Though, an atheists would say that this is a later development and not necessarily an indication of what the earliest Israelites believed regarding the possibility of an afterlife.

      The following two verses in Ecclesiastes suggests an afterlife. Chapter 3:21 wonders about it. Chapter 12:7 positively suggests it.

      Who knoweth the spirit of man that goeth upward, and the spirit of the beast that goeth downward to the earth?- Eccl. 3:21 (KJV)

      12:7 Then shall the dust return to the earth as it was: and the spirit shall return unto God who gave it.-Eccl. 12:7 (KJV)

      They are dead, they will not live; they are SHADES, they will not arise; to that end you have visited them with destruction and wiped out all remembrance of them.- Isa. 26:14

      The word "shades" is "rephaim" in Hebrew (the same word used in Job 26:5 for "dead"). Rephaim can refer to the giants, OR to dead human beings. [[UPDATE: I'm not completely sure about this complicated issue any longer given Michael Heiser's work.]]

      BTW, Isa. 26:14 doesn't necessarily mean that the author is saying there is no resurrection of the dead at the eschaton. Only that they will not rise again in this world/age to interact with and affect the living.

    5. Many commentaries point out that Daniel refers to his spirit "within" his body like a sword within its sheath/scabbard. See the commentaries here:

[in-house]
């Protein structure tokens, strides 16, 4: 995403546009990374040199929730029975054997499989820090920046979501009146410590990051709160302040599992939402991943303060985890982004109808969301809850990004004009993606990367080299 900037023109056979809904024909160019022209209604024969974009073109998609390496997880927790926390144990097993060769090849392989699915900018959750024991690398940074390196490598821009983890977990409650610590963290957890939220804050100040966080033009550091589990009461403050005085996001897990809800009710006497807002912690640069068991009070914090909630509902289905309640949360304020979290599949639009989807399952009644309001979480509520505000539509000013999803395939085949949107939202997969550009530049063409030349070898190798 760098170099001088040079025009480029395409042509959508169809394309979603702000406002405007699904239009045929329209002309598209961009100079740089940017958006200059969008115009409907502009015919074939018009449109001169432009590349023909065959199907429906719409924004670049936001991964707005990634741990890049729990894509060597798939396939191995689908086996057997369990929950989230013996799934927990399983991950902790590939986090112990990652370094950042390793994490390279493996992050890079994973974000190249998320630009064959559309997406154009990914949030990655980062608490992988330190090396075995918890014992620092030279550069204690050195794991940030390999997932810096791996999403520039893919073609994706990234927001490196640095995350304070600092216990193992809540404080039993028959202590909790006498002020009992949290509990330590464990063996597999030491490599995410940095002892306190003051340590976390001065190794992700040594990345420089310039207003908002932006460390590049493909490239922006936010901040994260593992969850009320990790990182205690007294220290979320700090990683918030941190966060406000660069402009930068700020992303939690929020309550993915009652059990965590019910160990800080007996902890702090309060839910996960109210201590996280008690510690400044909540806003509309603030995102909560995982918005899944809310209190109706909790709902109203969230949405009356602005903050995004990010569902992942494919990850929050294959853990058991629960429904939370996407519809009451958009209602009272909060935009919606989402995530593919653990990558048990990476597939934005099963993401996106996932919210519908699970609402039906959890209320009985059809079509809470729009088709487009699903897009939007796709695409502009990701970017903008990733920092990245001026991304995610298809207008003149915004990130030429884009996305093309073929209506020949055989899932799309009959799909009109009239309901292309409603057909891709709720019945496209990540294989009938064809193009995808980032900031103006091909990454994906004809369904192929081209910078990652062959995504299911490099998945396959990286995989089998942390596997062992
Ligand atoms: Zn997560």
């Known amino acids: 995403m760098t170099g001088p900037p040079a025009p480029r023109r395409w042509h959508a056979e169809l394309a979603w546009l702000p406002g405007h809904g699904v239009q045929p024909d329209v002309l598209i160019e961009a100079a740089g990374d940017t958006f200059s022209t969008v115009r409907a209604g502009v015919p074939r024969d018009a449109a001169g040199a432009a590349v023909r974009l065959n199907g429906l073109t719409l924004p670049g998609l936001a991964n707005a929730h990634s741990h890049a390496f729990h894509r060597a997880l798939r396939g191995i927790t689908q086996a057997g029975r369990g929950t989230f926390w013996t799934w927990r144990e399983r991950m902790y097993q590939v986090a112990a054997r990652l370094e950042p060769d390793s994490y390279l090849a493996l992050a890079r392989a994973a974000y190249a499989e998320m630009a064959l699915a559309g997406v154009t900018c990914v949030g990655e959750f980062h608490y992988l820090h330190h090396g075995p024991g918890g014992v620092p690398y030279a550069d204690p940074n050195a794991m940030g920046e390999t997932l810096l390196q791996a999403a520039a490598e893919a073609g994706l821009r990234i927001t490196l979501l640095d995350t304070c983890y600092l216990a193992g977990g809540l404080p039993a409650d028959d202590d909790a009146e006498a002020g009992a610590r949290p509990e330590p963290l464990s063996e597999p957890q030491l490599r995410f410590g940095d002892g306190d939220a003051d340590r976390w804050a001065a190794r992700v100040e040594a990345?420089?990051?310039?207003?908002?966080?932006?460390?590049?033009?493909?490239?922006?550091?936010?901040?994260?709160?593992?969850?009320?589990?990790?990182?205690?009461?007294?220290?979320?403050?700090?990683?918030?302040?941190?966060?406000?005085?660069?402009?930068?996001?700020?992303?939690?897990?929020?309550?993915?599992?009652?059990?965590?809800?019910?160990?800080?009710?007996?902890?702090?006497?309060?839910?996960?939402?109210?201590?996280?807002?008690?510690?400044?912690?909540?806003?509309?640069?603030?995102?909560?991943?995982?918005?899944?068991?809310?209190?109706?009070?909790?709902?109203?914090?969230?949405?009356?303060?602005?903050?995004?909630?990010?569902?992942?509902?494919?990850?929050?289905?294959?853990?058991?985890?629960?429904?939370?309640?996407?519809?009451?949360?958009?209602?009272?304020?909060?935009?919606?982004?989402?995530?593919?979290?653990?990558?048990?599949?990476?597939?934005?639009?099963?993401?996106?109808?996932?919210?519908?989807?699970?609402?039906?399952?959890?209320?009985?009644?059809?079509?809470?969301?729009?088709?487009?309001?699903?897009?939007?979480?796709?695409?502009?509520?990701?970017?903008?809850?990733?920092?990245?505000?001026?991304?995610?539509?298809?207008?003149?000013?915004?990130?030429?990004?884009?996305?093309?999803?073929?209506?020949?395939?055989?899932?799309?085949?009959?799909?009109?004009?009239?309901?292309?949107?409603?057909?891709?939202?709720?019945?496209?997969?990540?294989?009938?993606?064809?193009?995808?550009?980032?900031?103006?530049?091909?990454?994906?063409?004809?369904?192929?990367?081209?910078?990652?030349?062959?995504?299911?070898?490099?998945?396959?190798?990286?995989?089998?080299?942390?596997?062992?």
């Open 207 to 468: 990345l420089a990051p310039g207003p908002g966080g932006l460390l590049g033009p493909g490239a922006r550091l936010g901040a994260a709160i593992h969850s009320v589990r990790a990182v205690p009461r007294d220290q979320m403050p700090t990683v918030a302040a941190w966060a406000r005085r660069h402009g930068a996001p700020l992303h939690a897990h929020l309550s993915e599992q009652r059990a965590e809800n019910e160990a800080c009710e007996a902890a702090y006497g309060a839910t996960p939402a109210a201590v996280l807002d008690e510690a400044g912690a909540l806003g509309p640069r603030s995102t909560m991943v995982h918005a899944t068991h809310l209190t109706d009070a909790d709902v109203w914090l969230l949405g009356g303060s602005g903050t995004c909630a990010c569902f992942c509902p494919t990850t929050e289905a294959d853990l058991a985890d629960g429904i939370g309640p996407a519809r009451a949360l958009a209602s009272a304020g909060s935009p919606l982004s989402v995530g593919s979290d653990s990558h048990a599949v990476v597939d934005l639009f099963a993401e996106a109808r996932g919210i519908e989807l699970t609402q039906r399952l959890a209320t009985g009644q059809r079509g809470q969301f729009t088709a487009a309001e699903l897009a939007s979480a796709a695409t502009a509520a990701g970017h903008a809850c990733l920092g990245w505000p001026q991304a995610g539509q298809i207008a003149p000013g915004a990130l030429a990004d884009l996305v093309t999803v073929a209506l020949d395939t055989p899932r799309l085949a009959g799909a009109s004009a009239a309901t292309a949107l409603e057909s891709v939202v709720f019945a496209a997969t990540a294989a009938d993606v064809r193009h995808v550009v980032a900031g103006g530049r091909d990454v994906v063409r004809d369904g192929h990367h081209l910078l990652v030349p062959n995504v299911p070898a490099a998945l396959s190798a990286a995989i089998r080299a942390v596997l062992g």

6. The 19th century Messianic Jew Alfred Edersheim wrote the classic book "The Life and Times of Jesus the Messiah" and one of his appendices dealt with the Jewish understanding of punishment around the time of Christ.

      While modern scholars might disagree with Edersheim's interpretation of the data, the data (sans interpretation) nevertheless remains and proves that Jews had been thinking about the postmortem punishment of sin/sinners both before and after the advent of the Christian era.

      See appendix 19 here:

      See also the following links to Rabbis who believed in Jesus as the Messiah and the teaching of the New Testament here (which includes spiritual death):

      Rabbis Who Thought for Themselves PART 1

      Rabbis Who Thought for Themselves PART 2

      Rabbis Who Believed in Jesus the Messiah

    7. I'm not saying that all the Rabbis listed believed every doctrine of "orthodox" Christianity. But in general, those listed believed in Jesus as the Messiah, and so most would have believed the prima facie teaching of the New Testament regarding (some kind/version of) spiritual death.